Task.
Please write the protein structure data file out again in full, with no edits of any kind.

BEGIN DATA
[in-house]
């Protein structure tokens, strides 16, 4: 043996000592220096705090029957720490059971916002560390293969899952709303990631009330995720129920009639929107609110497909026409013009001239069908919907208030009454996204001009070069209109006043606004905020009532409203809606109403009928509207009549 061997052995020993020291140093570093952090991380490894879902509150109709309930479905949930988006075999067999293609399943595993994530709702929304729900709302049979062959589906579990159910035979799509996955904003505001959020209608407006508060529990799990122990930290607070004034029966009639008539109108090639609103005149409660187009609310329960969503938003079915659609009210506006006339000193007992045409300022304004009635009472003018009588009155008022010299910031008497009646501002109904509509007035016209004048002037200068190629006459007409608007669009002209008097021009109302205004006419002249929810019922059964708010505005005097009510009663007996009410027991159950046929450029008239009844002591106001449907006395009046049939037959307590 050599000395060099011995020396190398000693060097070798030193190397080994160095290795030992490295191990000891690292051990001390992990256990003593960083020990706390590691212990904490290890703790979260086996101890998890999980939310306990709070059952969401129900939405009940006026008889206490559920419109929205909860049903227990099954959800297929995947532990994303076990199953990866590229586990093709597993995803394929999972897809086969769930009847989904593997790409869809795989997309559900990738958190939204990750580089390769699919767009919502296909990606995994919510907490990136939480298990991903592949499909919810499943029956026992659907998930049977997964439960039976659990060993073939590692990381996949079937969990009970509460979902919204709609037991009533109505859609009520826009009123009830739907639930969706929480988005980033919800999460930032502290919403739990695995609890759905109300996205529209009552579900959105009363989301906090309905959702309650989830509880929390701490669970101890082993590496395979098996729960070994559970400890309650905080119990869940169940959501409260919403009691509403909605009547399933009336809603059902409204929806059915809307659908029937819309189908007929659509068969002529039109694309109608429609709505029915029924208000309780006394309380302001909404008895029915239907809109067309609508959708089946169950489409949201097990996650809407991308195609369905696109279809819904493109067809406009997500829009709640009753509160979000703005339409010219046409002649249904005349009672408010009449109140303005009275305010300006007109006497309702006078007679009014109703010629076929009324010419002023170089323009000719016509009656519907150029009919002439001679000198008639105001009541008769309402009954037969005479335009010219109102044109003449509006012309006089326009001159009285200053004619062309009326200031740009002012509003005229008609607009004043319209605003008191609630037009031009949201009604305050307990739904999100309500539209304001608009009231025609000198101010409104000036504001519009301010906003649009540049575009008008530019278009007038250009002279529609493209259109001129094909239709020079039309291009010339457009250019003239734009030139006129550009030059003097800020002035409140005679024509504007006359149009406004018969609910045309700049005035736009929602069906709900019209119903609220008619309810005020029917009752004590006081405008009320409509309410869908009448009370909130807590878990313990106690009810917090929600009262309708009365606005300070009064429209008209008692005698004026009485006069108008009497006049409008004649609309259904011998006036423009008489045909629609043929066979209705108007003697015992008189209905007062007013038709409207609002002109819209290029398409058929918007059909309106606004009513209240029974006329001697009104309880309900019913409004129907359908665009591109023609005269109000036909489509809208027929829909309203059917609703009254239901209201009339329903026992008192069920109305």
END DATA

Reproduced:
[in-house]
């Protein structure tokens, strides 16, 4: 043996000592220096705090029957720490059971916002560390293969899952709303990631009330995720129920009639929107609110497909026409013009001239069908919907208030009454996204001009070069209109006043606004905020009532409203809606109403009928509207009549 061997052995020993020291140093570093952090991380490894879902509150109709309930479905949930988006075999067999293609399943595993994530709702929304729900709302049979062959589906579990159910035979799509996955904003505001959020209608407006508060529990799990122990930290607070004034029966009639008539109108090639609103005149409660187009609310329960969503938003079915659609009210506006006339000193007992045409300022304004009635009472003018009588009155008022010299910031008497009646501002109904509509007035016209004048002037200068190629006459007409608007669009002209008097021009109302205004006419002249929810019922059964708010505005005097009510009663007996009410027991159950046929450029008239009844002591106001449907006395009046049939037959307590 050599000395060099011995020396190398000693060097070798030193190397080994160095290795030992490295191990000891690292051990001390992990256990003593960083020990706390590691212990904490290890703790979260086996101890998890999980939310306990709070059952969401129900939405009940006026008889206490559920419109929205909860049903227990099954959800297929995947532990994303076990199953990866590229586990093709597993995803394929999972897809086969769930009847989904593997790409869809795989997309559900990738958190939204990750580089390769699919767009919502296909990606995994919510907490990136939480298990991903592949499909919810499943029956026992659907998930049977997964439960039976659990060993073939590692990381996949079937969990009970509460979902919204709609037991009533109505859609009520826009009123009830739907639930969706929480988005980033919800999460930032502290919403739990695995609890759905109300996205529209009552579900959105009363989301906090309905959702309650989830509880929390701490669970101890082993590496395979098996729960070994559970400890309650905080119990869940169940959501409260919403009691509403909605009547399933009336809603059902409204929806059915809307659908029937819309189908007929659509068969002529039109694309109608429609709505029915029924208000309780006394309380302001909404008895029915239907809109067309609508959708089946169950489409949201097990996650809407991308195609369905696109279809819904493109067809406009997500829009709640009753509160979000703005339409010219046409002649249904005349009672408010009449109140303005009275305010300006007109006497309702006078007679009014109703010629076929009324010419002023170089323009000719016509009656519907150029009919002439001679000198008639105001009541008769309402009954037969005479335009010219109102044109003449509006012309006089326009001159009285200053004619062309009326200031740009002012509003005229008609607009004043319209605003008191609630037009031009949201009604305050307990739904999100309500539209304001608009009231025609000198101010409104000036504001519009301010906003649009540049575009008008530019278009007038250009002279529609493209259109001129094909239709020079039309291009010339457009250019003239734009030139006129550009030059003097800020002035409140005679024509504007006359149009406004018969609910045309700049005035736009929602069906709900019209119903609220008619309810005020029917009752004590006081405008009320409509309410869908009448009370909130807590878990313990106690009810917090929600009262309708009365606005300070009064429209008209008692005698004026009485006069108008009497006049409008004649609309259904011998006036423009008489045909629609043929066979209705108007003697015992008189209905007062007013038709409207609002002109819209290029398409058929918007059909309106606004009513209240029974006329001697009104309880309900019913409004129907359908665009591109023609005269109000036909489509809208027929829909309203059917609703009254239901209201009339329903026992008192069920109305």